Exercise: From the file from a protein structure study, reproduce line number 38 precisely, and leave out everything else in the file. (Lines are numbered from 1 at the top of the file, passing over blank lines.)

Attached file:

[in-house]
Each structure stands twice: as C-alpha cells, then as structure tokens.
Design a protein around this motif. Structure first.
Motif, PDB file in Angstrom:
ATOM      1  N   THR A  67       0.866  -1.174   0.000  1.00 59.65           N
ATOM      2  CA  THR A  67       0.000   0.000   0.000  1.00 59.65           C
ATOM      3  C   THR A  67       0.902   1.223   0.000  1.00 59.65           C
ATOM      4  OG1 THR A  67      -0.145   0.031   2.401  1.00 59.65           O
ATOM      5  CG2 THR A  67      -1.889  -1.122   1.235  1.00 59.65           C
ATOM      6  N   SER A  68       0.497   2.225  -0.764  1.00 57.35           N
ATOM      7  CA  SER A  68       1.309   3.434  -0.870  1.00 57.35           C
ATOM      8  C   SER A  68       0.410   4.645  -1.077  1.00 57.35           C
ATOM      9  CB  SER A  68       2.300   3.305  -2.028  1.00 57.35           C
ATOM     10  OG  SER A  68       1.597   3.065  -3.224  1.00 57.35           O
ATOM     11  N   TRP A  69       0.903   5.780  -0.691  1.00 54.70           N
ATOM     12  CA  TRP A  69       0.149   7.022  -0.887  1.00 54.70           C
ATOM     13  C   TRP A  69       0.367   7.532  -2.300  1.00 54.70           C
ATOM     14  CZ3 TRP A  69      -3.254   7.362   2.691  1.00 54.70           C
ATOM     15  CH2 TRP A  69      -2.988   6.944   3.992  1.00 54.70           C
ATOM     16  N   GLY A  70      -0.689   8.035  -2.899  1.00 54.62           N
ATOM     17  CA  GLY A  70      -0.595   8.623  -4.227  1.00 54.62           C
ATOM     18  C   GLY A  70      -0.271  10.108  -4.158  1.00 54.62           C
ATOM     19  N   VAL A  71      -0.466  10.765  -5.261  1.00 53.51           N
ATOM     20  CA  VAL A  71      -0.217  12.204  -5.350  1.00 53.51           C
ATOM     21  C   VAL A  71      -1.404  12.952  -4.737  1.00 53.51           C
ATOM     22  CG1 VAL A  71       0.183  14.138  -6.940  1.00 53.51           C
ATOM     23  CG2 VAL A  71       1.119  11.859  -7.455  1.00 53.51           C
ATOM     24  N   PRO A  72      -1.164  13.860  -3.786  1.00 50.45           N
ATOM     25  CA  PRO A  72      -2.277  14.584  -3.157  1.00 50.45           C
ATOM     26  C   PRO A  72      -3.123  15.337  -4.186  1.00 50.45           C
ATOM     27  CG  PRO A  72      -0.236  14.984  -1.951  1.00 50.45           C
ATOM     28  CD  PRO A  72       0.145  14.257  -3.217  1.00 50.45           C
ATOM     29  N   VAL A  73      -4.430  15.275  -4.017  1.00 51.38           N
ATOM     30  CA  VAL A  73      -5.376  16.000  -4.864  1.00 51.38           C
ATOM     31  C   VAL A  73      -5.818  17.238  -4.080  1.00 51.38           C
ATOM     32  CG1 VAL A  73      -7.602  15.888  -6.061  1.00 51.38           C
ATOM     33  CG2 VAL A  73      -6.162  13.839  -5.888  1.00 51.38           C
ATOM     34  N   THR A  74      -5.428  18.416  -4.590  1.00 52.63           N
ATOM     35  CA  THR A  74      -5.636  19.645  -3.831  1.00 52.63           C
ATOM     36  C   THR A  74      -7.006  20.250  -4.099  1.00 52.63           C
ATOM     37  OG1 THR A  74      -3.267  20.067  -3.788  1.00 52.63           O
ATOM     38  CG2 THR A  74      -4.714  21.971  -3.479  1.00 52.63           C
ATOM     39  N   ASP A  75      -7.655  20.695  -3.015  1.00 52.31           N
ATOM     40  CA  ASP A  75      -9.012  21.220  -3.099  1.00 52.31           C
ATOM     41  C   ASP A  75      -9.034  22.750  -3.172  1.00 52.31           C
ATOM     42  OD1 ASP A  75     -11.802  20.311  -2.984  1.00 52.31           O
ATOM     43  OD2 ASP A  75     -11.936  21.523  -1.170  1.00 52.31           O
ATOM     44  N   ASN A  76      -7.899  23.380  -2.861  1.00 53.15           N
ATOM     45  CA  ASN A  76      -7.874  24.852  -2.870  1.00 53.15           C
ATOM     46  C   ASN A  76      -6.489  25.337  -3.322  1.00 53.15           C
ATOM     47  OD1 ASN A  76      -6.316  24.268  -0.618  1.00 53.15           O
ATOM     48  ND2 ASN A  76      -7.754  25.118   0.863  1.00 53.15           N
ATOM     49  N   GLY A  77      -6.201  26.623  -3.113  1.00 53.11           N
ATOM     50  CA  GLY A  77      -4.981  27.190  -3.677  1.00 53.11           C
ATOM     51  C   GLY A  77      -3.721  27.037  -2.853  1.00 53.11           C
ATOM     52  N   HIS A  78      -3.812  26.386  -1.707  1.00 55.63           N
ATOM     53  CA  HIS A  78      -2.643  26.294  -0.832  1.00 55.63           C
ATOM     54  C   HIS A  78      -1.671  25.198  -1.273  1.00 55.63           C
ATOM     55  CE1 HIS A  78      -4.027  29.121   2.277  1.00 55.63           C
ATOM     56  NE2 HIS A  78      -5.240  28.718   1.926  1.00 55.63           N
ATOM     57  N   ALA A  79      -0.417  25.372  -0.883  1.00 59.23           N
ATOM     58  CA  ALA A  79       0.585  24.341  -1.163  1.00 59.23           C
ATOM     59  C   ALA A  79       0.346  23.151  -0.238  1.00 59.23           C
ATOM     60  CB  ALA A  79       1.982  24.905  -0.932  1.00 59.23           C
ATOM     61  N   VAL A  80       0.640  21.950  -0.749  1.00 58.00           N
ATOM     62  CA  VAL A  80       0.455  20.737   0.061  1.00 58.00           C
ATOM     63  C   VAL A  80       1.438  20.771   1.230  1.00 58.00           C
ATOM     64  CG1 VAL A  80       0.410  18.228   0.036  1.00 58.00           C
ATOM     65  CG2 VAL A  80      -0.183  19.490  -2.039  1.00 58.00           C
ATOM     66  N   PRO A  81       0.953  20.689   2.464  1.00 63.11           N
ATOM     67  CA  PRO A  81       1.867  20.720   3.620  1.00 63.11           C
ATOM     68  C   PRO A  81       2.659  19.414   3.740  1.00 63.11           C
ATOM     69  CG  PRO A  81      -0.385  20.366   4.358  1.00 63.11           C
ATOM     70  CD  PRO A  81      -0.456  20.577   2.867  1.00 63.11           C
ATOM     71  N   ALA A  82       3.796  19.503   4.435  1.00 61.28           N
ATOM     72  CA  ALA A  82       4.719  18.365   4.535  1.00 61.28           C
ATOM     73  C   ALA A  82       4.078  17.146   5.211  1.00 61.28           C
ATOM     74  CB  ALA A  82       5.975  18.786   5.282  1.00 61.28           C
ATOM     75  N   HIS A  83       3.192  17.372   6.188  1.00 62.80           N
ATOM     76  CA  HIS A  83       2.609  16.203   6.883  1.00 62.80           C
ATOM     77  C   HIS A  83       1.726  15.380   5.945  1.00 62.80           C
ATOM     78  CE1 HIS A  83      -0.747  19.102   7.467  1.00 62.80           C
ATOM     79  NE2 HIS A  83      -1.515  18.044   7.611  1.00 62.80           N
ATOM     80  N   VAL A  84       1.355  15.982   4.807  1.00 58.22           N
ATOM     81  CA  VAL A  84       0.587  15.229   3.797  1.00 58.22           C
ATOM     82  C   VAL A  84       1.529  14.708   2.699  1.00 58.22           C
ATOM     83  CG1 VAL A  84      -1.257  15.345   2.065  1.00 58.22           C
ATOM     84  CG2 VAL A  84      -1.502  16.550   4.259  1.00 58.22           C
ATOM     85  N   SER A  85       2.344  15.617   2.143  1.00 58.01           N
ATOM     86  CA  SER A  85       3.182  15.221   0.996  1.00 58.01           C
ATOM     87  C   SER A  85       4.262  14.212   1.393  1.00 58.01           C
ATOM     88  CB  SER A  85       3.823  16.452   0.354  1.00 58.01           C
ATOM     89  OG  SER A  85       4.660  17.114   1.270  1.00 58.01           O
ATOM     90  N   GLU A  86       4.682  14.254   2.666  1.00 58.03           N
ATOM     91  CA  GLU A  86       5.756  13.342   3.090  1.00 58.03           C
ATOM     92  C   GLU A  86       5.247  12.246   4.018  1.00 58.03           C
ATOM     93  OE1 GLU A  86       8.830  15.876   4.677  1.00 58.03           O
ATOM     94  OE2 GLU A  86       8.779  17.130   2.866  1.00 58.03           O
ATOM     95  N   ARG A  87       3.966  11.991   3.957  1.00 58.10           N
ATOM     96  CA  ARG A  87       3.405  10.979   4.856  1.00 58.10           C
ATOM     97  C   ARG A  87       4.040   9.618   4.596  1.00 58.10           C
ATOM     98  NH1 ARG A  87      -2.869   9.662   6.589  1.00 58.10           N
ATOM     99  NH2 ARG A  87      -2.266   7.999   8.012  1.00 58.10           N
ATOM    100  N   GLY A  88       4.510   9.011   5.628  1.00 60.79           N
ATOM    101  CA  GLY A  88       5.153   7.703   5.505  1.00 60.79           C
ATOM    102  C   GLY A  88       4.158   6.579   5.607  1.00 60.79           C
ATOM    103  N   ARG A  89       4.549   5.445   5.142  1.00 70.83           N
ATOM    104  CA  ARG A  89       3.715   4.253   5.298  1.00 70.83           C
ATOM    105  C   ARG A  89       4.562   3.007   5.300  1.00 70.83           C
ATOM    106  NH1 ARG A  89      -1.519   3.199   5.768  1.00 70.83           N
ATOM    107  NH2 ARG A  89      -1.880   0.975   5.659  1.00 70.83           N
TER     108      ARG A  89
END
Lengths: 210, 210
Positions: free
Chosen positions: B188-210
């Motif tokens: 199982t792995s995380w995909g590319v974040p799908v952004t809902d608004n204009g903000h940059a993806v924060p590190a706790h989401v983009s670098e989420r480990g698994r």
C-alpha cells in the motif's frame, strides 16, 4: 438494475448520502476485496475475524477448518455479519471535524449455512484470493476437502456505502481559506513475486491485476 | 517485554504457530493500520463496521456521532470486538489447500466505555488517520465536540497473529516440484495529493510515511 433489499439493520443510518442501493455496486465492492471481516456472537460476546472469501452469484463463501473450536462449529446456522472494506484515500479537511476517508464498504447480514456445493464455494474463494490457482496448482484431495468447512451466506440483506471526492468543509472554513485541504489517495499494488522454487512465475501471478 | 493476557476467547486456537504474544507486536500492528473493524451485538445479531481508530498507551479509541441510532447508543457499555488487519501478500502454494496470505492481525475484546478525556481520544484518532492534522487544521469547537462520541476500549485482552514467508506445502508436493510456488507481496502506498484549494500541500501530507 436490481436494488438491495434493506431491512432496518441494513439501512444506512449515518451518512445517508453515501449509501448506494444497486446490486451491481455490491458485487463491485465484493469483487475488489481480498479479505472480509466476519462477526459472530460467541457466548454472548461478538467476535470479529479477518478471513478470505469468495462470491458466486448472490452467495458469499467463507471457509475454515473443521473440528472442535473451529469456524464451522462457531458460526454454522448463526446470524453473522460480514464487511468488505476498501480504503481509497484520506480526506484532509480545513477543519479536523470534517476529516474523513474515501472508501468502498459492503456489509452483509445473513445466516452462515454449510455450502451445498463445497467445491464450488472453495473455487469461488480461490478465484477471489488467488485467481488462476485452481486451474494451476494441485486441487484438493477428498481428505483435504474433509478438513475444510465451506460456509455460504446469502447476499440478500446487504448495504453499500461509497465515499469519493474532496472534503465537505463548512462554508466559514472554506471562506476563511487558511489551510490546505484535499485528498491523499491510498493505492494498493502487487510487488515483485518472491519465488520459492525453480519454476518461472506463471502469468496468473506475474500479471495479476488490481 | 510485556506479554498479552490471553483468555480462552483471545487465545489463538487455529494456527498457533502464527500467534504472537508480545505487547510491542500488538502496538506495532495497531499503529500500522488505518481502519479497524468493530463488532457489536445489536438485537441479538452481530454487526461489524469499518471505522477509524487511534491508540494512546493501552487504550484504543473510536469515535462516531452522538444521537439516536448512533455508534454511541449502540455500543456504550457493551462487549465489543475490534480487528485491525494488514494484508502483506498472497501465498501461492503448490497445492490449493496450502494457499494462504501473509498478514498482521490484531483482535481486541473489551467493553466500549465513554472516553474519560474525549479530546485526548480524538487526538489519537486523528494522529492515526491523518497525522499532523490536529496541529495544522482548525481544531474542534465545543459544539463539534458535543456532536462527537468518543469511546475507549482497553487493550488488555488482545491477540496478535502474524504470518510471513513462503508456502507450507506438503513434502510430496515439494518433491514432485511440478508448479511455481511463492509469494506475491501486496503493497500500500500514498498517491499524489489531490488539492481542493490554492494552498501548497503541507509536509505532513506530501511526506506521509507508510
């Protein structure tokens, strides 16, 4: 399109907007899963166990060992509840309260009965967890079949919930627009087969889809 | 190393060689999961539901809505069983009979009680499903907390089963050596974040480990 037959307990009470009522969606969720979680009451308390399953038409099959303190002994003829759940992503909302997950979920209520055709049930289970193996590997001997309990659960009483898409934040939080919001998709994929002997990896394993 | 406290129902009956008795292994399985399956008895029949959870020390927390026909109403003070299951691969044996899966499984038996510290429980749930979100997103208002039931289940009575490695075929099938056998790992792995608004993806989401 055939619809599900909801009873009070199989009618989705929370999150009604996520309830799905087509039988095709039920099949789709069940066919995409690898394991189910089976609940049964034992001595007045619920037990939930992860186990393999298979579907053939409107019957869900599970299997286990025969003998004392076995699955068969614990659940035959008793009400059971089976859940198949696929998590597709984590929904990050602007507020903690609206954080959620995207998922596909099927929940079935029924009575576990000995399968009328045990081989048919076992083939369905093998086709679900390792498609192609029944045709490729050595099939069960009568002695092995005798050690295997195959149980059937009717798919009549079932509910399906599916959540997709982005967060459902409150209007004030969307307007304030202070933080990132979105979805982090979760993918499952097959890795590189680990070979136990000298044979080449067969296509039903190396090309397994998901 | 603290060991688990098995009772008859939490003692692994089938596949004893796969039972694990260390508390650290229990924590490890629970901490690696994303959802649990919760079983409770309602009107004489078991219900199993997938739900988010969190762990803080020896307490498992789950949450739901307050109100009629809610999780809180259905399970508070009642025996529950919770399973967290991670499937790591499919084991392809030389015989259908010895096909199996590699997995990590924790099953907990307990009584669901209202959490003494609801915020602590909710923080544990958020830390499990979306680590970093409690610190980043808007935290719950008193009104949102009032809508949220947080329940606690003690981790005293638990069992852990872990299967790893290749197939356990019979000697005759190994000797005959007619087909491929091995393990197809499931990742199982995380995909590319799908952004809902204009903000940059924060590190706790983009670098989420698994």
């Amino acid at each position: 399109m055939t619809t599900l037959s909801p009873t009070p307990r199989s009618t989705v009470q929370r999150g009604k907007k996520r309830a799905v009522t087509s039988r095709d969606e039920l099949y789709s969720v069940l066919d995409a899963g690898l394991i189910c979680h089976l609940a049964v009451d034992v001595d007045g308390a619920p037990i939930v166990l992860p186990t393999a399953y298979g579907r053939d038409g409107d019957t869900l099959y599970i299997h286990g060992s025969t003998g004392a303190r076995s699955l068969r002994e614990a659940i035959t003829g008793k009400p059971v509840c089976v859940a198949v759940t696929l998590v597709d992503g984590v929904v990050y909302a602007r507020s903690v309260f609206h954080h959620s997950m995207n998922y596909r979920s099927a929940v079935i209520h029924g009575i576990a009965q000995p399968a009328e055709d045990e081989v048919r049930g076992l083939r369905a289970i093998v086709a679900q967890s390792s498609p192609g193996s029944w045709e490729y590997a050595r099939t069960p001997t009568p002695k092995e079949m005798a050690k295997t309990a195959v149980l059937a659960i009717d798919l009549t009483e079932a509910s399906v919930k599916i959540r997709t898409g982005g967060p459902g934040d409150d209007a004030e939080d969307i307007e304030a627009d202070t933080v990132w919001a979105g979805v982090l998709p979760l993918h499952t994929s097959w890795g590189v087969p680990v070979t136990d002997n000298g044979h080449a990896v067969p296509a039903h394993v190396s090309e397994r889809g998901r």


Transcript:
ATOM     34  N   THR A  74      -5.428  18.416  -4.590  1.00 52.63           N